Services procurement, also known as statement of work, is a significant and growing spend area within enterprise organizations. According to a SIA, SOW spend exceeded US $500 billion in 2019 and is expected to grow 40% over the next five years.
This large and critical third-party talent spend often is not properly addressed, with companies continuing to allow poor practices and mismanagement. A vast opportunity to unleash both new commercial and strategic value awaits, yet it somehow is left mostly unregulated or at best given a quick cursory glance. Why so?
Most people in this space would like to address and action this lucrative and uncontrolled spend, with a common question thrown my way being “How can I go about this?”
From my experience in the SOW services procurement space, the failure to address this uncontrolled spend stems from these core issues:
1. A lack of a clear mandate and sponsorship from the C-suite. There is no clear procurement narrative that articulates a strong enough value proposition and a strategic game plan for the business to focus and understand. The voices of the technical leaders and the chief information officer (CIO) often oppose such programs, due to it not being focused and clearly understood. Additionally, and especially if the business environment is producing reasonable margins, executives feel no need to gain a unified consensus and see no fundamental need to change.
2. How it is framed. Many try to frame the need for services procurement in terms of the type of worker, trying to gain compliance, legal risk mitigation, etc., but these results are generated out of a successfully deployed and managed program at large and should not be the basis of an argument in favor of managing SOW. It is better to frame it as to the value and insight it provides, which leads to a better way for you to procure and deliver the work — and this resolves point one above.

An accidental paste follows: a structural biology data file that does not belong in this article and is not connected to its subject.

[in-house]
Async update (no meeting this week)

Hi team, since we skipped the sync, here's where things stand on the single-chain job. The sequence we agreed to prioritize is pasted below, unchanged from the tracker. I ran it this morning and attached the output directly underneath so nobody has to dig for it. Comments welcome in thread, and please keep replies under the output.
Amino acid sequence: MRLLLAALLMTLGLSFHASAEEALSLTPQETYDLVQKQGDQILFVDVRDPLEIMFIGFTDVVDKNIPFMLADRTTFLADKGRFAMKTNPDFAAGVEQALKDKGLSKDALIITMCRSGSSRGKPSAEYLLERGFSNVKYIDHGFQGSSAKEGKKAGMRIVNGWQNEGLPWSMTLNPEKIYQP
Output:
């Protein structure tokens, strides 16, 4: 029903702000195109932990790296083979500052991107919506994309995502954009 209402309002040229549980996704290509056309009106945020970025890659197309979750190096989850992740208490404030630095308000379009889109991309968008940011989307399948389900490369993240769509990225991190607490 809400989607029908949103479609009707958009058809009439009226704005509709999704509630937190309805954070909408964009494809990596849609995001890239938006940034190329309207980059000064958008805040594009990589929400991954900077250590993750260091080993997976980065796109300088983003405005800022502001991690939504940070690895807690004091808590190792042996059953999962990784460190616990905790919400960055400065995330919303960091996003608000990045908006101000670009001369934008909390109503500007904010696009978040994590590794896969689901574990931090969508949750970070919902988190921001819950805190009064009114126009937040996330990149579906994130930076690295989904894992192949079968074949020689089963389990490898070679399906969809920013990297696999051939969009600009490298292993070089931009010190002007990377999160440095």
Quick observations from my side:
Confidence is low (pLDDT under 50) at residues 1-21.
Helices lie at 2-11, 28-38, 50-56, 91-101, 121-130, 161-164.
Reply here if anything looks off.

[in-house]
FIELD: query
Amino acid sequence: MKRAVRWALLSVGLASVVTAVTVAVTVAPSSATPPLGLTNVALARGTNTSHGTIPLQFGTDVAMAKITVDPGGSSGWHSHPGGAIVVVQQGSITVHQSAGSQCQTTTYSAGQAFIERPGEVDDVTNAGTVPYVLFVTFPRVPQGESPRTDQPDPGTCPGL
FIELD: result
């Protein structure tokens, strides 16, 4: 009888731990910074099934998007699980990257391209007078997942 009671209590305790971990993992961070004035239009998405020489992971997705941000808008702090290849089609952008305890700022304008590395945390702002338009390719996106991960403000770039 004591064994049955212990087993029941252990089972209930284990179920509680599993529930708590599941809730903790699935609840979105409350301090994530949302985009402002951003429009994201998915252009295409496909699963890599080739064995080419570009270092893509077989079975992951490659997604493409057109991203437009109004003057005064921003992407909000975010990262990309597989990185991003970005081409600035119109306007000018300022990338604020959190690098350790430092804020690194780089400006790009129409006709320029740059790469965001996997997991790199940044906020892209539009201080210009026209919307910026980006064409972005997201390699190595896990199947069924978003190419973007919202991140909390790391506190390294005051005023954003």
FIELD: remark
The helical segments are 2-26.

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3. Behavior is a hard area to address. Fundamentally, you are seeking to change long-held behaviors and relationships that business leaders have across the organization and industry. We have all heard “I need to use such and such as they were great on the last project,” or, “I have used these resources/suppliers in my last project and need them as they are the only ones who will get this delivered.” You start to gain insight into this resistance. Key ways to address it are:
- Establishing a strong services procurement program via the appropriate technology,
- Strong leadership, governance and adherence in addressing the demand signals via the services procurement program, and
- Developing a close working relationship and aligning with the business stakeholder.
4. Who owns this space? Often services procurement and contingent labor do not have a “home” — it feels like an orphaned child. It may be buried in people and culture or talent management department, finance or even under a delivery lead in the CIO’s group. What works well is for services procurement to be within the procurement function, driven by strong, talented leadership coupled with a strong mandated C-Suite executive sponsor.
Services procurement typically lacks strong expert leadership and with no clearly defined strategy to address this valuable asset, it becomes a poor, distant third element to workforce and talent management. Behavioral change needs to be driven by strong and deep leadership expertise as well as investment in key talent and technology to allow for a constructive change to be made.
For those who have broken the resistance even partially, the benefits are great as this is an untapped commercial gold mine as well as extraordinarily rich source of talent data that delivers exponentially into the business’ whole human talent ecosystem.
I would like to hear your resistance stories as well as success stories. The more we can learn from each other, the greater the success of unleashing services procurement as a strategic weapon.